More than $1 million in funding has been delivered to crime prevention programs and victims' compensation from a trust fund for confiscated criminal assets in the ACT.
Established under criminal seizure laws introduced in 2003, the Confiscated Assets Trust Fund is valued at about $1.817 million.
The latest round of payments is taken from interest earned by the fund, which will have $1.371 million remaining after the latest commitments.
ACT Attorney-General Simon Corbell announced payments totalling $446,000, including $80,000 for women’s sector projects related to the ACT's six-year strategy to prevent violence against woman and children.
A further $30,000 will be made available for funding to support Australia-wide efforts in the establishment of the National Research Organisation for Women’s Safety.
The project is part of the 2012-22 national plan to reduce violence against women and their children.
“This is an important development that demonstrates that the ACT government is committed to ending domestic and family violence in the territory and recognises the difficult but invaluable work done by non-government women’s sector organisations."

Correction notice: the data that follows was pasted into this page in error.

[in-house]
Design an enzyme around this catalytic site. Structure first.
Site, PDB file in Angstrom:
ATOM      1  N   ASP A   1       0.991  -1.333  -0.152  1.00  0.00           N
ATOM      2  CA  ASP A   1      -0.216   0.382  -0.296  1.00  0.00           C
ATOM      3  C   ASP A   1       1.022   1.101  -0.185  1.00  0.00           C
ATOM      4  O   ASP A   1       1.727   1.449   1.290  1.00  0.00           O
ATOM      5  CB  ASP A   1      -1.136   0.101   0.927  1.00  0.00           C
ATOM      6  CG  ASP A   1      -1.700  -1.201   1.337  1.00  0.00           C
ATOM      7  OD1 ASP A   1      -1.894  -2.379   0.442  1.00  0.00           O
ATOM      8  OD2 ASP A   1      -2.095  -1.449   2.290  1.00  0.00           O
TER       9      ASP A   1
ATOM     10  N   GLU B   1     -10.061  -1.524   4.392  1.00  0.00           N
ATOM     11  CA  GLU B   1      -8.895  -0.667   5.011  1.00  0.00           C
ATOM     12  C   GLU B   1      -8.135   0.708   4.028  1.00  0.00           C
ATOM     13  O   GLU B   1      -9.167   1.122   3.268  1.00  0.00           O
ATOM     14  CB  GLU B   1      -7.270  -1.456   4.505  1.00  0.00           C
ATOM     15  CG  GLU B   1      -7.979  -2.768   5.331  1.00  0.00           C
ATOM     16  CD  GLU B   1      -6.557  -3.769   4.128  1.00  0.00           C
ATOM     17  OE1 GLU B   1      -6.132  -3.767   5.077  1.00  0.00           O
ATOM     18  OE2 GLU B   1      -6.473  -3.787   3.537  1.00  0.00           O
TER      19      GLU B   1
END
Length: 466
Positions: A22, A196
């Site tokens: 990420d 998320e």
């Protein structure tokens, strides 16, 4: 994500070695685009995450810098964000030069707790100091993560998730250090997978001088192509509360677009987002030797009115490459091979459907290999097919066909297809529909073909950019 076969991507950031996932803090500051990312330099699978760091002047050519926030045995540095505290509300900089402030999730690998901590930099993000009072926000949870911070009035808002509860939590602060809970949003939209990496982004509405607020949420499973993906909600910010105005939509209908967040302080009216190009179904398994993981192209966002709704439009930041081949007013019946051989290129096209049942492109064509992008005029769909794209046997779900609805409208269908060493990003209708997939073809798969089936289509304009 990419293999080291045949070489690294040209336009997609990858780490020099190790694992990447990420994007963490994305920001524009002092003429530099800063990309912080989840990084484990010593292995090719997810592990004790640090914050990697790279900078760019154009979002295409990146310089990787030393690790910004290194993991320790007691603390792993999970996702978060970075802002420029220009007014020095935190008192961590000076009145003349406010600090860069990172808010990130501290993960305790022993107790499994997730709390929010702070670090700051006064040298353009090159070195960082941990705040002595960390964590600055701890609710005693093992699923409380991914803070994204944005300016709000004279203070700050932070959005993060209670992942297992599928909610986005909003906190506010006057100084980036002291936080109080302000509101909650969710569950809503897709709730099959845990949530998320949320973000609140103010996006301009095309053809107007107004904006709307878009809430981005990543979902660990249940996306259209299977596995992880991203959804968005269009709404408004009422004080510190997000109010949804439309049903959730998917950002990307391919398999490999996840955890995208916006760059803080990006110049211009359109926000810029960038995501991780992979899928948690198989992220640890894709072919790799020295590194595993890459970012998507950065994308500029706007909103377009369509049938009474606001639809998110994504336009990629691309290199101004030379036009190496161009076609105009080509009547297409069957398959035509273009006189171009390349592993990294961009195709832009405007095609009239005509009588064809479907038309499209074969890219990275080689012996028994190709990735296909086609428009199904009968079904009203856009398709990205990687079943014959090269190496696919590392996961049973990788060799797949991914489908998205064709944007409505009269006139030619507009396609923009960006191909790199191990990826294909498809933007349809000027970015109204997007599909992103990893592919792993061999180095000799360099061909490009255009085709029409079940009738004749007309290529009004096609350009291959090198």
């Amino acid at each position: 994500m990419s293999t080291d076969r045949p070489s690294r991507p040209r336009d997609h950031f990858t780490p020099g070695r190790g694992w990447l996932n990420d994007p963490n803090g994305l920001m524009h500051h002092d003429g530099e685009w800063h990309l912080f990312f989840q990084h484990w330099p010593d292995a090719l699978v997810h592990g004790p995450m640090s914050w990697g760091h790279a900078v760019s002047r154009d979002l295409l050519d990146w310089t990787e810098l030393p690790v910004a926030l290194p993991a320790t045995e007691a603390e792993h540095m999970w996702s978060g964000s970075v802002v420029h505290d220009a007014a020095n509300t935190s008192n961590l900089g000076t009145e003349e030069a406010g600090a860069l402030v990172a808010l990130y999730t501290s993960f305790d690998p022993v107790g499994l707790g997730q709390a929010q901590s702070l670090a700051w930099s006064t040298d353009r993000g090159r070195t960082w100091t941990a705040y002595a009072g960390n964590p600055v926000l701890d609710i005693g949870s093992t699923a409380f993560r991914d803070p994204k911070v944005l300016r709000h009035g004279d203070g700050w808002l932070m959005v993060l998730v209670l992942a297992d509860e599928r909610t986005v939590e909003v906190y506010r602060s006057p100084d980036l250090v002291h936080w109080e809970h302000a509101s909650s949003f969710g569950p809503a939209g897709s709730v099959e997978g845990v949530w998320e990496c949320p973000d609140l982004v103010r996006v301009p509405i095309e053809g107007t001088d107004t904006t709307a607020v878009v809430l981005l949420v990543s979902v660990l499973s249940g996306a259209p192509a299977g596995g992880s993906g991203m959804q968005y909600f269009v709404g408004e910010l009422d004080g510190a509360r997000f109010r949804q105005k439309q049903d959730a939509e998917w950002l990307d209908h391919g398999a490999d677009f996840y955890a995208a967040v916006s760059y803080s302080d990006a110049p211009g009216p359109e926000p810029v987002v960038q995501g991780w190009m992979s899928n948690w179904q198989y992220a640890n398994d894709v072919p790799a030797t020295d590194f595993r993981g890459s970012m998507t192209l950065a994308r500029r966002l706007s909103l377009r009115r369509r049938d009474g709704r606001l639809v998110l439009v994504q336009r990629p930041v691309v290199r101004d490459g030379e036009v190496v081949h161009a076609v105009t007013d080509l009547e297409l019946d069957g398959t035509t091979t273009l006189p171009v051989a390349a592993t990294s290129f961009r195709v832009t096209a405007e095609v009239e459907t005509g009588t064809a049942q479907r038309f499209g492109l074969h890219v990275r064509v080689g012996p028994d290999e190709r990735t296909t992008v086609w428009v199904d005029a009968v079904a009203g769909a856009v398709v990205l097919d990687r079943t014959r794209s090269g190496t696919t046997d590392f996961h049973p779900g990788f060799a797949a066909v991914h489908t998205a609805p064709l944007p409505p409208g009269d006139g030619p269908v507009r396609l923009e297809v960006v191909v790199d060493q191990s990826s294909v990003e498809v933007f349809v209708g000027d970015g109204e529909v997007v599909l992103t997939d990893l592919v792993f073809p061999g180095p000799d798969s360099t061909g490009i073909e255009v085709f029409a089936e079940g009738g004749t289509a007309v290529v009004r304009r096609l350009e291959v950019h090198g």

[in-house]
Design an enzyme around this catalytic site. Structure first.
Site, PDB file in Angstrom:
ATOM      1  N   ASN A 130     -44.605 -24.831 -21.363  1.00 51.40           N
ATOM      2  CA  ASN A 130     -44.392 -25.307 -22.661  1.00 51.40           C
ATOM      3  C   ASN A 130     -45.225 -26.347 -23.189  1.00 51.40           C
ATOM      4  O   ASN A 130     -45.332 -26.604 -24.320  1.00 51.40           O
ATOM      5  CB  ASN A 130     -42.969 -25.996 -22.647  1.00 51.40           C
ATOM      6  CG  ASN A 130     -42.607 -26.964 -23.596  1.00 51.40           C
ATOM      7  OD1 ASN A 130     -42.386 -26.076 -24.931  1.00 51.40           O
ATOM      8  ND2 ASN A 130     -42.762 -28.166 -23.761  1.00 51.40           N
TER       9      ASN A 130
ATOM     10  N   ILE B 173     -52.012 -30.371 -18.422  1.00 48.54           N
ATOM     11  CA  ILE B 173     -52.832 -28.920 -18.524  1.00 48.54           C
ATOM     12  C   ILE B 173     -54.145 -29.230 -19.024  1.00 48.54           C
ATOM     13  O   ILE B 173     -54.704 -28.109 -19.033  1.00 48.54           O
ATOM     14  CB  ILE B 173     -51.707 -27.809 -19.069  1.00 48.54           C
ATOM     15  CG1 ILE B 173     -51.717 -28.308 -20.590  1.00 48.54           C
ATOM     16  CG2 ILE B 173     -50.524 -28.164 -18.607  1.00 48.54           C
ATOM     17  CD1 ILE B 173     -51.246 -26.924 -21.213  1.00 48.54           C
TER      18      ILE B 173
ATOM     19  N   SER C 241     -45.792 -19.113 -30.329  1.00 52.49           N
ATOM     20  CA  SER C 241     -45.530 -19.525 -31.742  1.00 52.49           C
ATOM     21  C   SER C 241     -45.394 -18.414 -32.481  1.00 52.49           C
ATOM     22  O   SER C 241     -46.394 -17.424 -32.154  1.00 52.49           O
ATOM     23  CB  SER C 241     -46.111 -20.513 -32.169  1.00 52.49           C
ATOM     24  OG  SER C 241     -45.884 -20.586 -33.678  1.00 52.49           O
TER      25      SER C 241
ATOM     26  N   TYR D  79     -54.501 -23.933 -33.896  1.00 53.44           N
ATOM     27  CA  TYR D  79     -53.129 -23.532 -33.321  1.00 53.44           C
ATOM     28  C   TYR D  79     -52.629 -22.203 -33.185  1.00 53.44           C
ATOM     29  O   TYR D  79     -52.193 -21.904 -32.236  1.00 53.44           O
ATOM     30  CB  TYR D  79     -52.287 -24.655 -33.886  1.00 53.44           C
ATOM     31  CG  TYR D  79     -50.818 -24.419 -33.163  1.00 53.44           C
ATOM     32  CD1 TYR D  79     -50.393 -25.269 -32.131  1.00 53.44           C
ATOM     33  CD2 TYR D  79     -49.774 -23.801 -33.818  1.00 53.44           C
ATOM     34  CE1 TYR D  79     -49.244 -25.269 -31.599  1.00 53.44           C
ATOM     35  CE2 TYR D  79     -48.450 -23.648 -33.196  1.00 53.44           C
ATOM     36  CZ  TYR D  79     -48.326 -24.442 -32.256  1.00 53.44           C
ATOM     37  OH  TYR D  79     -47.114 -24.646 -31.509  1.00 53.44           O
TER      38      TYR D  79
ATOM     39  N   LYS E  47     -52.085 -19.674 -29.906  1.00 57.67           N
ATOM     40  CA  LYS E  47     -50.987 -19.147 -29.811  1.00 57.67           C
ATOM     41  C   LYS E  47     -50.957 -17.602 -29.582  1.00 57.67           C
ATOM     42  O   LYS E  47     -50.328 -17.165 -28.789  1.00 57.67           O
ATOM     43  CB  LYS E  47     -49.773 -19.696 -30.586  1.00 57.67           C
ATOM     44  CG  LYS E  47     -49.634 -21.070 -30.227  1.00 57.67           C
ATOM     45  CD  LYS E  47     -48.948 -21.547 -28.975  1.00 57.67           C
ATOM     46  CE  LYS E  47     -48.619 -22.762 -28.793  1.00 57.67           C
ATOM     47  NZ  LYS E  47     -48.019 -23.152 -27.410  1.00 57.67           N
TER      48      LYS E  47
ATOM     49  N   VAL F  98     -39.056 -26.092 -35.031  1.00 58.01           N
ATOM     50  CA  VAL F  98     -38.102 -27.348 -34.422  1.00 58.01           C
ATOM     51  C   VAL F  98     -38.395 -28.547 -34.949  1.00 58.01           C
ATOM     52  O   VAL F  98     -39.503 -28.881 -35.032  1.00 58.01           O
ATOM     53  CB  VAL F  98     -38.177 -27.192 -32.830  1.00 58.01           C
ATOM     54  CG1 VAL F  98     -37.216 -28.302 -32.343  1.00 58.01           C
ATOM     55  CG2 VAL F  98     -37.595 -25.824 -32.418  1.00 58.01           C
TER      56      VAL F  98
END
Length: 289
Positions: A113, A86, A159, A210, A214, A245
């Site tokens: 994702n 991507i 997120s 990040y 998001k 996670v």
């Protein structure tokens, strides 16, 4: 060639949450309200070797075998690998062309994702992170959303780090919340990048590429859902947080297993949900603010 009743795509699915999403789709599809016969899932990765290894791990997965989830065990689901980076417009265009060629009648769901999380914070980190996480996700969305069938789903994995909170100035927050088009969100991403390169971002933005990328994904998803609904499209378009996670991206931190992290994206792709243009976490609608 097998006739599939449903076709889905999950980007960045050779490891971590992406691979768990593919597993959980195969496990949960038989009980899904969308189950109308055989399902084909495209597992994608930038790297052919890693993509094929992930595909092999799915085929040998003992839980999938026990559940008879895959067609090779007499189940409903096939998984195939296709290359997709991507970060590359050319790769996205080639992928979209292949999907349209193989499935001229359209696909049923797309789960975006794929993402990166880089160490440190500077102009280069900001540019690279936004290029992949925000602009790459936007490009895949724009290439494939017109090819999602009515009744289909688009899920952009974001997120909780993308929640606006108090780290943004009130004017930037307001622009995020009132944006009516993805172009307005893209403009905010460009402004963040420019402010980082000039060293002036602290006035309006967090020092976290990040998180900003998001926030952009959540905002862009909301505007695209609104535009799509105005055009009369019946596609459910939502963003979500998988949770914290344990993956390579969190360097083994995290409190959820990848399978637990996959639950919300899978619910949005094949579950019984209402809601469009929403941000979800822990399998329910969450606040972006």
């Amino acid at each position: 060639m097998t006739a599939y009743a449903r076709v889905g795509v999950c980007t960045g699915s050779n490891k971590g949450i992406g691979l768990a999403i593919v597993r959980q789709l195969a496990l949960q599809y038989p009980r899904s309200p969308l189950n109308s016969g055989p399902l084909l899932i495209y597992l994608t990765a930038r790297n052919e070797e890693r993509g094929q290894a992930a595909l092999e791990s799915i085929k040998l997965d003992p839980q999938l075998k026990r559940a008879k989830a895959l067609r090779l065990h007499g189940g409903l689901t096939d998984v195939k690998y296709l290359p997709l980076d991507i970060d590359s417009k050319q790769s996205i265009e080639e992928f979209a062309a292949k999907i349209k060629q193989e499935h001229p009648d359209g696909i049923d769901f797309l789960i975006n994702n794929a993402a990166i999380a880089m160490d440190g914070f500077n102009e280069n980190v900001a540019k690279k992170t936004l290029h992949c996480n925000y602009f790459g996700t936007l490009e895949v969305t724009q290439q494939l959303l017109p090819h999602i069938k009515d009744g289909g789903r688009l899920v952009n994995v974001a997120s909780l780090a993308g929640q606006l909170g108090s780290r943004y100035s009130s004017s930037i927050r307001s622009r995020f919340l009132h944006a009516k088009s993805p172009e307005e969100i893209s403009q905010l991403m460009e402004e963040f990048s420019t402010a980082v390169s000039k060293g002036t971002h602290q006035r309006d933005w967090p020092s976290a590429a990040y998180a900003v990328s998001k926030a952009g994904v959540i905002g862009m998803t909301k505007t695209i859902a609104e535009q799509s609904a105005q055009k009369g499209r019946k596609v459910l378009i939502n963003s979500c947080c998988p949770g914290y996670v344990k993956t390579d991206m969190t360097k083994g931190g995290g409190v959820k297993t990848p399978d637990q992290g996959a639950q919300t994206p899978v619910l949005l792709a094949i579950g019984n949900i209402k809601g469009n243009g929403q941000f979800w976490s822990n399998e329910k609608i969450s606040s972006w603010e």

Mr Corbell will approach non-government organisations working in crime prevention about the development of the funding.
More than $330,000 from the trust will be used in the development of an ACT government justice reinvestment strategy that aims to reduce recidivism and diverting offenders – and those at risk of becoming offenders – away from the courts.
“This funding will help to ensure that the ACT’s criminal justice system remains innovative and effective and is just as directed to stopping crime as to responding to it,” Mr Corbell said.
The 2003 laws allow for recovery of proceeds of crime and assets where a conviction has been made, through penalty orders and for the restraint of assets through civil proceedings where no charges were laid.
Payments to the fund can come from the proceeds of any confiscation made by ACT Policing or the Office of the Director of Public Prosecutions.